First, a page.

Blair must get real on public services

It was not so much Harry Potter as Tony and the Philosopher’s
Drone. Last week, anxious to establish his legacy (politicians
often end up impaled on the twin prongs of their vanity and
arrogance), Tony Blair yet again relaunched his government, in a
lecture to The Fabian Society on the importance of modernising
public services.

He said that six years ago when Labour came to power there was a
lack of responsiveness to people’s rising expectations. “A two-tier
system,” had been created. “It was choice for the few not the
many”. The public, Blair argued, “want the consumer power of the
private sector but the values of the public service. They don’t
want services uniform and undifferentiated… unable to respond to
their individual needs and aspirations… Choice and consumer power
are the route to greater social justice not social division.”

He is wrong. First, there is an irony in warning of the dangers of
a two-tier system while endorsing specialist schools, foundation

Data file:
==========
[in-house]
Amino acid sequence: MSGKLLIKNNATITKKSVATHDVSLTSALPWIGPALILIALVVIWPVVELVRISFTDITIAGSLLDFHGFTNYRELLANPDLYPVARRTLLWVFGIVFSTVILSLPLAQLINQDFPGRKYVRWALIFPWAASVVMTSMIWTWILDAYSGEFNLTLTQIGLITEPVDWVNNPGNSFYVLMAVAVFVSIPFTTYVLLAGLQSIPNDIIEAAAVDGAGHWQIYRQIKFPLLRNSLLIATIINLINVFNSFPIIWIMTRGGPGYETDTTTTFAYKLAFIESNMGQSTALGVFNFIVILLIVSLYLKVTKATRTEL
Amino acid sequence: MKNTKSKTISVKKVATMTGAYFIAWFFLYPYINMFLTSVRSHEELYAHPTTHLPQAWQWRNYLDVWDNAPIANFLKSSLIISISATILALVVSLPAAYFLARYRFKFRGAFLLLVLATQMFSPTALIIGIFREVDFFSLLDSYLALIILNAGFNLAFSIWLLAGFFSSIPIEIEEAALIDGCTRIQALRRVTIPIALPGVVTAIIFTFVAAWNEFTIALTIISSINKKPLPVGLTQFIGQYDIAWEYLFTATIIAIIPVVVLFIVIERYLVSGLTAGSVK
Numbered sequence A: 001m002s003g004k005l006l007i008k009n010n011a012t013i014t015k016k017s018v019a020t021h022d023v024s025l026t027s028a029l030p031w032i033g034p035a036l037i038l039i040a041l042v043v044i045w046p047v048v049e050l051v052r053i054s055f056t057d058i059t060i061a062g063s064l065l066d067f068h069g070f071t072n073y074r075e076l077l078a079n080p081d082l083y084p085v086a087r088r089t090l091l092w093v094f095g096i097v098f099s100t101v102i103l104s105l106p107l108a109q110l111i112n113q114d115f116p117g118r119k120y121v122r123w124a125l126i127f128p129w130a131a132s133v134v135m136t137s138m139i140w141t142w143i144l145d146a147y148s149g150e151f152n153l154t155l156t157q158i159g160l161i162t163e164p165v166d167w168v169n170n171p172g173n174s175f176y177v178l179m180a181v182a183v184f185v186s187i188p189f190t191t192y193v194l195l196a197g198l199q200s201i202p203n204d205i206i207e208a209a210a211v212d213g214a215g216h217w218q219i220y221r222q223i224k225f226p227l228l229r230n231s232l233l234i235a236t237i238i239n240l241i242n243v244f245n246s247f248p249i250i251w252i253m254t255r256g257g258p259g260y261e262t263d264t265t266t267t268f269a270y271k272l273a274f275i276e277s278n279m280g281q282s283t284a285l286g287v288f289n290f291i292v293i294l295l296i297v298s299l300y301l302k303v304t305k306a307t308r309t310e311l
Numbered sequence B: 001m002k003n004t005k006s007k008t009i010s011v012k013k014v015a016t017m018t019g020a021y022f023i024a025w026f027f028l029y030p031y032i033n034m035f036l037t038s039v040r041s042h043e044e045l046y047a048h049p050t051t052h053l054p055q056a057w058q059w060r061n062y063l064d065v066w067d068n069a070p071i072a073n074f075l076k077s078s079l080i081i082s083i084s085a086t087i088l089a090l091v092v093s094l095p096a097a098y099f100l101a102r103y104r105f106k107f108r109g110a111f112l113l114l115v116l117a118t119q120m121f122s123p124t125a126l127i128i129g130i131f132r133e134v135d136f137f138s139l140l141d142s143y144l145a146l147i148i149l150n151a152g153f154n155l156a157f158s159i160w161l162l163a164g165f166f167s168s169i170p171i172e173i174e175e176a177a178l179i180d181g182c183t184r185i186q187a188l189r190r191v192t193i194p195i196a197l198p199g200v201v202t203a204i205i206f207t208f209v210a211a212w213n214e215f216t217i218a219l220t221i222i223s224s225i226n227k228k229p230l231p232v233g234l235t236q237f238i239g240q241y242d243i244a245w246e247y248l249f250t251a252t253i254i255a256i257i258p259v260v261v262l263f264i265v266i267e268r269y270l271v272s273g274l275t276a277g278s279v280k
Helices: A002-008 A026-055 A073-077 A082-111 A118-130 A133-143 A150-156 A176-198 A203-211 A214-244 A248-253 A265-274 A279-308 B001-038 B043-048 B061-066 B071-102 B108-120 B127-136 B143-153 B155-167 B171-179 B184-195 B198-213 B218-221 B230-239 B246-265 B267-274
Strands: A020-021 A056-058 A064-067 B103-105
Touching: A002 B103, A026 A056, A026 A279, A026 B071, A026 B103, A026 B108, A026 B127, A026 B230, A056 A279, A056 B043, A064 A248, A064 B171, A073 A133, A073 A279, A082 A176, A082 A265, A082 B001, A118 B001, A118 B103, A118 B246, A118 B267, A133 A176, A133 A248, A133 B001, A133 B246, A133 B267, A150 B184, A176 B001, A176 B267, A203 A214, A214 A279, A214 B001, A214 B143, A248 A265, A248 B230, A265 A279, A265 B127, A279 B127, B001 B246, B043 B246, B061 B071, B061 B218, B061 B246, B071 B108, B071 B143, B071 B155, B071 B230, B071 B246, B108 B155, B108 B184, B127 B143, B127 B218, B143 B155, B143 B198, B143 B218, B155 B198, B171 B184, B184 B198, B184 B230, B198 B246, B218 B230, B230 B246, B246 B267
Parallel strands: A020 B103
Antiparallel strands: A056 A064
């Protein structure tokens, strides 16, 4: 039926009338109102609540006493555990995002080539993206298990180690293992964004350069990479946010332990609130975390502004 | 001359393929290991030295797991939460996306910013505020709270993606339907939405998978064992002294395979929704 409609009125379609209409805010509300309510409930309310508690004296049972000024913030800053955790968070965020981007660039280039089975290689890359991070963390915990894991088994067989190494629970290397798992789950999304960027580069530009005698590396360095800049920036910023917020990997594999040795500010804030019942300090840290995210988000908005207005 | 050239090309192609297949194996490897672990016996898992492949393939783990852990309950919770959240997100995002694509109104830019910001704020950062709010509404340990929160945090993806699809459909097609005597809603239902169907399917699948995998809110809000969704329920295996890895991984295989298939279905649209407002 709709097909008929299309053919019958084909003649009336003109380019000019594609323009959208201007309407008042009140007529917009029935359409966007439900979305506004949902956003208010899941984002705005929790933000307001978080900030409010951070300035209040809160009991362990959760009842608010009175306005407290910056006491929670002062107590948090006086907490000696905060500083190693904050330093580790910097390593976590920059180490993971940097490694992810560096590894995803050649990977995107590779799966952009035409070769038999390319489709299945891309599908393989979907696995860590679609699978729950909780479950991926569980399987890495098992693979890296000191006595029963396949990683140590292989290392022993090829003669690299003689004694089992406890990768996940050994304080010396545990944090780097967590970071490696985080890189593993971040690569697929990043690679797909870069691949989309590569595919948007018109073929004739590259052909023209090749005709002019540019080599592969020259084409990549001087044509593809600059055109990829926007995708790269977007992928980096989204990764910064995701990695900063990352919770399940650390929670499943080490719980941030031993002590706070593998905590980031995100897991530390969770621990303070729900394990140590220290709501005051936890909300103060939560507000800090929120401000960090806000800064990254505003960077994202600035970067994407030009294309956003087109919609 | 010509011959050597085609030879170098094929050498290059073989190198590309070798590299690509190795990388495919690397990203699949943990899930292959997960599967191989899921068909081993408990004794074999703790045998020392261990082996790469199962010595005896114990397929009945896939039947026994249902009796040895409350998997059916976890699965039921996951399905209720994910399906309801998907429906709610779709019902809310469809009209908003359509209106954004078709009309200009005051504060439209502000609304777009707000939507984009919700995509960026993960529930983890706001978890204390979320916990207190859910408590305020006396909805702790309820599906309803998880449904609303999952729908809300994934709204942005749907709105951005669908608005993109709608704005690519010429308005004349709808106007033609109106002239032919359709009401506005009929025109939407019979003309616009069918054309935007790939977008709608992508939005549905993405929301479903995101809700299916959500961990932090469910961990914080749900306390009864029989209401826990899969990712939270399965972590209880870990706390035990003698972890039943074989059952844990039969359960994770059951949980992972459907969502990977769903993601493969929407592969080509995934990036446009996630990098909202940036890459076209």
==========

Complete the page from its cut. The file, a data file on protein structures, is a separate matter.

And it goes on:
hospitals and city academies. Second, it is a dangerous illusion to
peddle the belief that public services – if they are truly to
provide a decent service to all – can possibly match the breadth of
choice of the private sector.

Public services do need to devolve power; do have to improve wages
and training and status for those who stagger under the increasing
weight of expectation, as well as their own workload – but what’s
also required is a prime minister who stops promising “Yes, You Can
Have It All!” and starts educating his electorate in the realities
of social provision.

A society truly based on social justice accepts that priorities
have to be decided; a rationing system applied; the degree of
vulnerability taken into account and those employees who make it
all possible, have to be valued above all, because it is they who
embody the public ethos – according to need not according to the
amount in one’s pocket.

Instead of peddling the false promise of choice and the
satisfaction of individual needs – which will continue to be denied
to so many on the margins of society no matter how “modernised” our
public services – Blair should be underlining the importance of
mutuality. We each have a little less, at different times in the
life cycle, in order that we and others can have a little more when
it is urgently required.

It’s not so glitzy as the ad man’s waffle – but it makes more

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